---- Google's Knowledge Graph Demonstrated with 'Bacon Number'
ergophobe - 6:03 am on Sep 17, 2012 (gmt 0)
if i ask you, 'did you see president obama today?'
1. What phranque said.
2. Even to the question at hand - if I don't know that "today" is conceptually the same as "September 16" (i.e. if I don't understand that relationship), then the question is hard to answer. Remove the date stamp from your post and I lose that relationship and since last I checked in was yesterday, I wouldn't know whether you were asking whether I saw the president on Sept 15 or Sept 16. Because I'm really good at parsing relationships, I look at your post and realize that you're actually asking whether I saw the president on Sept 15.
In short, without understanding the relationship, I can't do the search. That's the simplest case of course, but it illustrates the importance of relationships just fine.
same information that was already available on a 10-year old website
1. what phranque said
2. Sure, but that's focusing on the result. I can search through an unordered list of terms right now. If a quantum computer came along, it could search through an unordered list too. So what's the big deal? There is no new data, so who cares?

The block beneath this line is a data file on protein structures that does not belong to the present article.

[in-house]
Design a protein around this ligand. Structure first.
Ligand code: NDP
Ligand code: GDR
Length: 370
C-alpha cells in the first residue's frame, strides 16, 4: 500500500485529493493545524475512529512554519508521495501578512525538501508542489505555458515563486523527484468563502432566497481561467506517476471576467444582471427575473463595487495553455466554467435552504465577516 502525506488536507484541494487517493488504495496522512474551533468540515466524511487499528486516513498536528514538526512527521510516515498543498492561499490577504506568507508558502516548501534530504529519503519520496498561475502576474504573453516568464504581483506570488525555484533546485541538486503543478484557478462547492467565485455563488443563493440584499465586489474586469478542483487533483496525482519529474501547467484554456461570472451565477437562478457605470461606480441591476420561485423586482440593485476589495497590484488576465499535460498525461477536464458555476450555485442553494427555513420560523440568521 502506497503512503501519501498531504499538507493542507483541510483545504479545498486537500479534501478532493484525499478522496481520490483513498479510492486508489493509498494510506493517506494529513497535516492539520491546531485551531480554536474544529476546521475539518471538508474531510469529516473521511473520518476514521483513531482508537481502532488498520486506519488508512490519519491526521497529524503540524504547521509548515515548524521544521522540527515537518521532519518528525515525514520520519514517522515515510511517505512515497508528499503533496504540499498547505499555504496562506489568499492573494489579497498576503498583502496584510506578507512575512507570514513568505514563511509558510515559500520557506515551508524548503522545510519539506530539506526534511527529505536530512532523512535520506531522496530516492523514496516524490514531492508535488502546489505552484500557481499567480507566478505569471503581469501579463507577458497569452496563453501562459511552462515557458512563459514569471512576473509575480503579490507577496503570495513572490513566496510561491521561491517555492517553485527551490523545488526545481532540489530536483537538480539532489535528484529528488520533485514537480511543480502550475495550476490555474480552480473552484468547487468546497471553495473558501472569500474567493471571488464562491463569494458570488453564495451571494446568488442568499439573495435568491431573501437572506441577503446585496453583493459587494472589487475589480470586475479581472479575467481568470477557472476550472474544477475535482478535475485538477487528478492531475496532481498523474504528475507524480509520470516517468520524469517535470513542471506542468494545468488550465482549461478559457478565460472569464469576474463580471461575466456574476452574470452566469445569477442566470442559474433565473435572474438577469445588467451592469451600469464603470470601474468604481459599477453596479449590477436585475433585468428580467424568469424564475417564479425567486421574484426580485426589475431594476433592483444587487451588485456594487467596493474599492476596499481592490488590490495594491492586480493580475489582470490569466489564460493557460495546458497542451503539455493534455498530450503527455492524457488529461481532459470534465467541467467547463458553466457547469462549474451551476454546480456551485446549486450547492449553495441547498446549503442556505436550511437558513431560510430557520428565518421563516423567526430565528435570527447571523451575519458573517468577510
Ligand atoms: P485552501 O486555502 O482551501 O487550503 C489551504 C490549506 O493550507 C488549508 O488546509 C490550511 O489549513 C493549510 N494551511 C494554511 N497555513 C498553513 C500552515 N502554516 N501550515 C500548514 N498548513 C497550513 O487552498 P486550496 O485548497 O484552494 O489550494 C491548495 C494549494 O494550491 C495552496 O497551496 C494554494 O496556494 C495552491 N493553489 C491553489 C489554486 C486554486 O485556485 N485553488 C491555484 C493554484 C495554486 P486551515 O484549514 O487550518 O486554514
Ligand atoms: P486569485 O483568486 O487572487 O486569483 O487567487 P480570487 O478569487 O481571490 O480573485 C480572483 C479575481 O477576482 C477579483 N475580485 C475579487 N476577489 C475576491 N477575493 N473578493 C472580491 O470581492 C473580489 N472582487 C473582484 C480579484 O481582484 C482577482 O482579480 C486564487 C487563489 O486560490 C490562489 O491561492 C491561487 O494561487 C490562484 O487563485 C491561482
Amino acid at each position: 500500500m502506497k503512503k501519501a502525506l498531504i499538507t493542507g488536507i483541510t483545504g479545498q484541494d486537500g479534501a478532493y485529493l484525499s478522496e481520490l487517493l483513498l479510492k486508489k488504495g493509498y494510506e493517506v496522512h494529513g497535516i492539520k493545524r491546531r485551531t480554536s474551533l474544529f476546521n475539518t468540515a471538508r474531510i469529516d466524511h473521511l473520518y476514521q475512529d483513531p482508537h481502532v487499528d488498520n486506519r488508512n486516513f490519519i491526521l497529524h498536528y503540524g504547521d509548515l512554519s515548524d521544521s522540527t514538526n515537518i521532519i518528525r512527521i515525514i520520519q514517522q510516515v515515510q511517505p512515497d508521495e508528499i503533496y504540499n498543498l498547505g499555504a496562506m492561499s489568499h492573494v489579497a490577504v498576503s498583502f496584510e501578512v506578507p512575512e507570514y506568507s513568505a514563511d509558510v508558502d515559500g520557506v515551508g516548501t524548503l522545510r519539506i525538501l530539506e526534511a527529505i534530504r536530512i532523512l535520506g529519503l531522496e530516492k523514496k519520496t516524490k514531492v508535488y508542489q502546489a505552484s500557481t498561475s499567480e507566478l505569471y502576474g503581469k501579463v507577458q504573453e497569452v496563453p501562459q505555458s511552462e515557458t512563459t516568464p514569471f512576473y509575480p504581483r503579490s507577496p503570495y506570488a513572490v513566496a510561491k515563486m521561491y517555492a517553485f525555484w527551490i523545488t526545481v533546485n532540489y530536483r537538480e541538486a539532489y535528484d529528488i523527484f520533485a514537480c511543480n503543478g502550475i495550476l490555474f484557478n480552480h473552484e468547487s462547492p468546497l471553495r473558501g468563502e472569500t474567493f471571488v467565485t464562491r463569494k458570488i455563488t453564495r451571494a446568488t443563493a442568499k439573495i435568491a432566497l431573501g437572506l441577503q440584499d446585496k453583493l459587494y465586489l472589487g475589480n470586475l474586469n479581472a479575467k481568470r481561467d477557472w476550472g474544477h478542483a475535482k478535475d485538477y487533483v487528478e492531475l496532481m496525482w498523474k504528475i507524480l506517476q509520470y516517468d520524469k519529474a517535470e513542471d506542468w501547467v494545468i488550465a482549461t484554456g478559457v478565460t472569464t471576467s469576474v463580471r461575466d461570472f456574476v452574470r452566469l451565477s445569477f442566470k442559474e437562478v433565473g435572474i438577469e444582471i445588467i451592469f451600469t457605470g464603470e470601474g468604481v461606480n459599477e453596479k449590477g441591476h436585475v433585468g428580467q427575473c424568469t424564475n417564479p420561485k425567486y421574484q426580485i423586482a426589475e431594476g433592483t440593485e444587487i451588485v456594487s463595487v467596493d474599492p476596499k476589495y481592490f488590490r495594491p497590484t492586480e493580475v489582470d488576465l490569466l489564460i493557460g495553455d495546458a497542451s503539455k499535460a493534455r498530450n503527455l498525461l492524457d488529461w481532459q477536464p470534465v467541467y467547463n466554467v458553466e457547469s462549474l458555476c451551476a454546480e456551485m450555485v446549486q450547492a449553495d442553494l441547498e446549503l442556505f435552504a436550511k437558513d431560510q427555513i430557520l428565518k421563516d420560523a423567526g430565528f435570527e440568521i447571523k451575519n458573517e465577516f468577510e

But if I search now, the best I can do is linear time: O(N). With a quantum computer, I can use Grover's Algorithm [en.wikipedia.org] and perform that search in O(N^1/2).
The result is the same. The algorithm to arrive at it is not. When the first quantum computer powerful enough to run Grover's Algo comes online, it will no doubt look unimpressive compared to the best digital computer. But the method does make a difference. Both linear search and Grover algo search yield data we already have. And yet, in the long run, a system that can run the Grover algo will revolutionize search.
If all Google is doing is writing custom code that extracts the Bacon Number from IMDB, then yes, you're right. Yawn, ho hum.
If what they are doing is designing a smart system that can use a generalized algo to pull data relationships from data sets, as they claim, and the Bacon Number Calculator is just a fun test case, then this is huge.
Sure, at the test-case phase it's just yielding data we have already, but a test case has to be based on data we already have, otherwise you can't verify the results easily and make sure the system is working. But the method used to find that data matters a lot.